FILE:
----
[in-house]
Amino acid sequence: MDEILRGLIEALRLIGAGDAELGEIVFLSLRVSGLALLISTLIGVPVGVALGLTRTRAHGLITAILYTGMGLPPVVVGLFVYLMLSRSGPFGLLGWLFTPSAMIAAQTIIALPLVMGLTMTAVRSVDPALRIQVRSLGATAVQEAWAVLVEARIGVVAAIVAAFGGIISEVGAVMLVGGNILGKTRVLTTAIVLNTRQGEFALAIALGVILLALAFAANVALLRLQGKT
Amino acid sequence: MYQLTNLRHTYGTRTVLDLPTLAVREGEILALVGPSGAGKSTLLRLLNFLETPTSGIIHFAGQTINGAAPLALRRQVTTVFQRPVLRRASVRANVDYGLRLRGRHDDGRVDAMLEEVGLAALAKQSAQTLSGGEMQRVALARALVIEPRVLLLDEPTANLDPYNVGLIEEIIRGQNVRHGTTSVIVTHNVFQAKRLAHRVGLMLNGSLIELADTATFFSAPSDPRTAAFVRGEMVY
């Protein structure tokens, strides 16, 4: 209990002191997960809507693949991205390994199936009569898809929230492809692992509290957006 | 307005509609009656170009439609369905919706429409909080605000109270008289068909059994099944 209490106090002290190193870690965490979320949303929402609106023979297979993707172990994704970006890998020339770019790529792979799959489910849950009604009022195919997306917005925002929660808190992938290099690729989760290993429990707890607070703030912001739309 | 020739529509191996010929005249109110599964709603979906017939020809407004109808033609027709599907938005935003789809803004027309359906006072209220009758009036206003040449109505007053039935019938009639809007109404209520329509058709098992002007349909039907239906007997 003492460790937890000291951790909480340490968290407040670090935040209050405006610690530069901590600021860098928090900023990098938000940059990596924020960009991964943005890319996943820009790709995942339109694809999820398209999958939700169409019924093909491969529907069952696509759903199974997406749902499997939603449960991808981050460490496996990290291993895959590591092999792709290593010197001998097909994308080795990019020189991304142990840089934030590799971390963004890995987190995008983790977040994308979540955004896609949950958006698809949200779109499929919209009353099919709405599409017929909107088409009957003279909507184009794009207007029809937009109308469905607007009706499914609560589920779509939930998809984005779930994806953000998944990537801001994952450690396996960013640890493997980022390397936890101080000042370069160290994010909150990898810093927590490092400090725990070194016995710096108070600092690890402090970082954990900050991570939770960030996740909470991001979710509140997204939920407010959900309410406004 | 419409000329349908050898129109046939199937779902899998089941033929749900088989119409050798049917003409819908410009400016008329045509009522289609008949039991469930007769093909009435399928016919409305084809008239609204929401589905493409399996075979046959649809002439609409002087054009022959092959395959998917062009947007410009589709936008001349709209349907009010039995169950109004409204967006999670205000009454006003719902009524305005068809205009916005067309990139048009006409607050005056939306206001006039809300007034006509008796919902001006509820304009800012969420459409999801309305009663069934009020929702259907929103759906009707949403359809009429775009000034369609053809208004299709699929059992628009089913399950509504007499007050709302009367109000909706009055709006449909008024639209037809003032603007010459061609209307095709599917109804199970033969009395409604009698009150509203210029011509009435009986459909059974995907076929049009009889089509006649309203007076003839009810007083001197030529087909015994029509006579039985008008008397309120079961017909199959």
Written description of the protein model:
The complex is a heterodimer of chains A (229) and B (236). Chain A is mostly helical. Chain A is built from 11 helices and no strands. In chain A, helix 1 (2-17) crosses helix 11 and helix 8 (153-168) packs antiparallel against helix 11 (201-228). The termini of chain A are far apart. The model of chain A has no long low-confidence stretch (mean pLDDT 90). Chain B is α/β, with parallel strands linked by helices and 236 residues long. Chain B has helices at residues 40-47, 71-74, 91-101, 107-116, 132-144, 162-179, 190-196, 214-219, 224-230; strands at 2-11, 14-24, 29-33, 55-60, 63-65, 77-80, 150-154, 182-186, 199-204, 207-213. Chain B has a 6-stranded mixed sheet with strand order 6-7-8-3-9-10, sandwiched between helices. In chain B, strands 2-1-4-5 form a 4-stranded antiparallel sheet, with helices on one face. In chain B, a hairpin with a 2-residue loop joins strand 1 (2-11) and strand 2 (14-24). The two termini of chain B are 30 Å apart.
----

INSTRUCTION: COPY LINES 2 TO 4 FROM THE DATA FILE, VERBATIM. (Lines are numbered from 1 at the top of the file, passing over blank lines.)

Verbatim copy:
Amino acid sequence: MDEILRGLIEALRLIGAGDAELGEIVFLSLRVSGLALLISTLIGVPVGVALGLTRTRAHGLITAILYTGMGLPPVVVGLFVYLMLSRSGPFGLLGWLFTPSAMIAAQTIIALPLVMGLTMTAVRSVDPALRIQVRSLGATAVQEAWAVLVEARIGVVAAIVAAFGGIISEVGAVMLVGGNILGKTRVLTTAIVLNTRQGEFALAIALGVILLALAFAANVALLRLQGKT
Amino acid sequence: MYQLTNLRHTYGTRTVLDLPTLAVREGEILALVGPSGAGKSTLLRLLNFLETPTSGIIHFAGQTINGAAPLALRRQVTTVFQRPVLRRASVRANVDYGLRLRGRHDDGRVDAMLEEVGLAALAKQSAQTLSGGEMQRVALARALVIEPRVLLLDEPTANLDPYNVGLIEEIIRGQNVRHGTTSVIVTHNVFQAKRLAHRVGLMLNGSLIELADTATFFSAPSDPRTAAFVRGEMVY
């Protein structure tokens, strides 16, 4: 209990002191997960809507693949991205390994199936009569898809929230492809692992509290957006 | 307005509609009656170009439609369905919706429409909080605000109270008289068909059994099944 209490106090002290190193870690965490979320949303929402609106023979297979993707172990994704970006890998020339770019790529792979799959489910849950009604009022195919997306917005925002929660808190992938290099690729989760290993429990707890607070703030912001739309 | 020739529509191996010929005249109110599964709603979906017939020809407004109808033609027709599907938005935003789809803004027309359906006072209220009758009036206003040449109505007053039935019938009639809007109404209520329509058709098992002007349909039907239906007997 003492460790937890000291951790909480340490968290407040670090935040209050405006610690530069901590600021860098928090900023990098938000940059990596924020960009991964943005890319996943820009790709995942339109694809999820398209999958939700169409019924093909491969529907069952696509759903199974997406749902499997939603449960991808981050460490496996990290291993895959590591092999792709290593010197001998097909994308080795990019020189991304142990840089934030590799971390963004890995987190995008983790977040994308979540955004896609949950958006698809949200779109499929919209009353099919709405599409017929909107088409009957003279909507184009794009207007029809937009109308469905607007009706499914609560589920779509939930998809984005779930994806953000998944990537801001994952450690396996960013640890493997980022390397936890101080000042370069160290994010909150990898810093927590490092400090725990070194016995710096108070600092690890402090970082954990900050991570939770960030996740909470991001979710509140997204939920407010959900309410406004 | 419409000329349908050898129109046939199937779902899998089941033929749900088989119409050798049917003409819908410009400016008329045509009522289609008949039991469930007769093909009435399928016919409305084809008239609204929401589905493409399996075979046959649809002439609409002087054009022959092959395959998917062009947007410009589709936008001349709209349907009010039995169950109004409204967006999670205000009454006003719902009524305005068809205009916005067309990139048009006409607050005056939306206001006039809300007034006509008796919902001006509820304009800012969420459409999801309305009663069934009020929702259907929103759906009707949403359809009429775009000034369609053809208004299709699929059992628009089913399950509504007499007050709302009367109000909706009055709006449909008024639209037809003032603007010459061609209307095709599917109804199970033969009395409604009698009150509203210029011509009435009986459909059974995907076929049009009889089509006649309203007076003839009810007083001197030529087909015994029509006579039985008008008397309120079961017909199959």